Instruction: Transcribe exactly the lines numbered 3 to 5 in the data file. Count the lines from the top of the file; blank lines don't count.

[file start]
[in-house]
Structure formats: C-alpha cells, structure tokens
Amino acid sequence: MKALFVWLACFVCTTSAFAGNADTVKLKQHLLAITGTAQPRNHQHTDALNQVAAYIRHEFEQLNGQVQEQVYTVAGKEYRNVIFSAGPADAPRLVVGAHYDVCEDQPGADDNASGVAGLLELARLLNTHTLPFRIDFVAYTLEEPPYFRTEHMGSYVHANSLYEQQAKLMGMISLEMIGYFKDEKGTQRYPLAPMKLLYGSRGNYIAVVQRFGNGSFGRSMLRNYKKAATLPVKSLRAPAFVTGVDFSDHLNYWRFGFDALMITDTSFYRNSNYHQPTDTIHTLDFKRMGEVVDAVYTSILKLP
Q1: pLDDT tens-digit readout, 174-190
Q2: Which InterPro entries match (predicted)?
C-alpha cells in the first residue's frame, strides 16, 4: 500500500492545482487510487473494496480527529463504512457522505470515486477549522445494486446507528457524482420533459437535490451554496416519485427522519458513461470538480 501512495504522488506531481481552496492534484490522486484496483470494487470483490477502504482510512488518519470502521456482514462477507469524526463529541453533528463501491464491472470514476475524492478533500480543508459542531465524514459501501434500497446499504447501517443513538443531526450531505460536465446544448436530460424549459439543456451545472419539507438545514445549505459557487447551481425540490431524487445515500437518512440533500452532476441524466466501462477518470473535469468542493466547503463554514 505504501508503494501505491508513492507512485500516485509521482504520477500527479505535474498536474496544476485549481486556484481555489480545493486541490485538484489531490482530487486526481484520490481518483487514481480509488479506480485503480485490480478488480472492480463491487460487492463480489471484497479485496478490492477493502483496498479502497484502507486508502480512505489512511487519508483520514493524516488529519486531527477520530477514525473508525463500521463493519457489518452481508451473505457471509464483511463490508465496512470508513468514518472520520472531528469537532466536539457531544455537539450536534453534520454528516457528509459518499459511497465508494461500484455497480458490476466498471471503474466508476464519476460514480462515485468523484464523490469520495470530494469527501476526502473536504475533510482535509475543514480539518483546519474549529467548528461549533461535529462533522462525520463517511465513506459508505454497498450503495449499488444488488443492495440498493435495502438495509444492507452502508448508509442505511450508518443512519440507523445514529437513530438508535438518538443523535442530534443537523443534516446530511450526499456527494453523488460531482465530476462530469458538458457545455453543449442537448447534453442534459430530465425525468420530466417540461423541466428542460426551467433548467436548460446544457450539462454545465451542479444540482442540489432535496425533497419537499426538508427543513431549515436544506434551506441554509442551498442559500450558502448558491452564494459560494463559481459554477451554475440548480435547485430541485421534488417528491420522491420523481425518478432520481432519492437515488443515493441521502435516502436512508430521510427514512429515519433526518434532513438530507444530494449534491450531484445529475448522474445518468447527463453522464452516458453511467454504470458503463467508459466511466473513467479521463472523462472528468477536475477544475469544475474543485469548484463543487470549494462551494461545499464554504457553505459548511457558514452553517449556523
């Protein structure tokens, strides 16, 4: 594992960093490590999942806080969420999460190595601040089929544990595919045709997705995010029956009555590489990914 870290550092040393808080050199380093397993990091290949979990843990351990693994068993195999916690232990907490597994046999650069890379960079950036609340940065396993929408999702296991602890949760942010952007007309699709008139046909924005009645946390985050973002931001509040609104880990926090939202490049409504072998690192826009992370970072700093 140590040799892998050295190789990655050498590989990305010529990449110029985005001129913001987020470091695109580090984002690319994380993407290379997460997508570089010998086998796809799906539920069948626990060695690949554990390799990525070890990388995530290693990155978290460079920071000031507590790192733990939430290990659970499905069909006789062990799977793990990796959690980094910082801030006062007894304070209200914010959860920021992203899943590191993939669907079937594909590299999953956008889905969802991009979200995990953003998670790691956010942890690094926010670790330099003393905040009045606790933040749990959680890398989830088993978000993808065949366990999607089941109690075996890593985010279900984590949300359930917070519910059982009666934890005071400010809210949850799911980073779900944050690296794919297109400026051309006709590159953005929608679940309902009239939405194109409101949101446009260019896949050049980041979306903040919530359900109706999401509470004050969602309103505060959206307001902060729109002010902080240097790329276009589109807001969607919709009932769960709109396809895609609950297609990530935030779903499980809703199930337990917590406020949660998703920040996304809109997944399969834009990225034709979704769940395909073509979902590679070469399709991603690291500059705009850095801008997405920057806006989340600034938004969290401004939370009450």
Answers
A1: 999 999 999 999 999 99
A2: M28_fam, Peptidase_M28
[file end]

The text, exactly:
Amino acid sequence: MKALFVWLACFVCTTSAFAGNADTVKLKQHLLAITGTAQPRNHQHTDALNQVAAYIRHEFEQLNGQVQEQVYTVAGKEYRNVIFSAGPADAPRLVVGAHYDVCEDQPGADDNASGVAGLLELARLLNTHTLPFRIDFVAYTLEEPPYFRTEHMGSYVHANSLYEQQAKLMGMISLEMIGYFKDEKGTQRYPLAPMKLLYGSRGNYIAVVQRFGNGSFGRSMLRNYKKAATLPVKSLRAPAFVTGVDFSDHLNYWRFGFDALMITDTSFYRNSNYHQPTDTIHTLDFKRMGEVVDAVYTSILKLP
Q1: pLDDT tens-digit readout, 174-190
Q2: Which InterPro entries match (predicted)?